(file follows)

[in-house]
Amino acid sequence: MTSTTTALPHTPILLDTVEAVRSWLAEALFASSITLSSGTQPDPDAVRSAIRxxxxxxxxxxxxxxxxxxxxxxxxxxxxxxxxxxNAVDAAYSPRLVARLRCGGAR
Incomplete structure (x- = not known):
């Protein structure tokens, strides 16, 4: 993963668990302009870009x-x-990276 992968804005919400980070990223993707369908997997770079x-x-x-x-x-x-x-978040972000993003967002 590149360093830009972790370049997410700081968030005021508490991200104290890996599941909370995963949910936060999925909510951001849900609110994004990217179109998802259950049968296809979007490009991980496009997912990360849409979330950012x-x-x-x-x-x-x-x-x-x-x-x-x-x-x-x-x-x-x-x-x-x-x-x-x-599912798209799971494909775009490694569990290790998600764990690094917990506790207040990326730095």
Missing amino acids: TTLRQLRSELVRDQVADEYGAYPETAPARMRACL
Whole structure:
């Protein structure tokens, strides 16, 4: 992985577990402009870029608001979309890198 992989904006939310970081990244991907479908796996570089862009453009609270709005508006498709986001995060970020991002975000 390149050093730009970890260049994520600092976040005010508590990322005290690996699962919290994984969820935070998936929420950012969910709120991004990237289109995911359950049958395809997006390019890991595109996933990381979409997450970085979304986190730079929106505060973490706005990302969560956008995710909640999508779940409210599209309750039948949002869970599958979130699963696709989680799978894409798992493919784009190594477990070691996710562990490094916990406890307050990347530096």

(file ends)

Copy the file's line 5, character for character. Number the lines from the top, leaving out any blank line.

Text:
Missing amino acids: TTLRQLRSELVRDQVADEYGAYPETAPARMRACL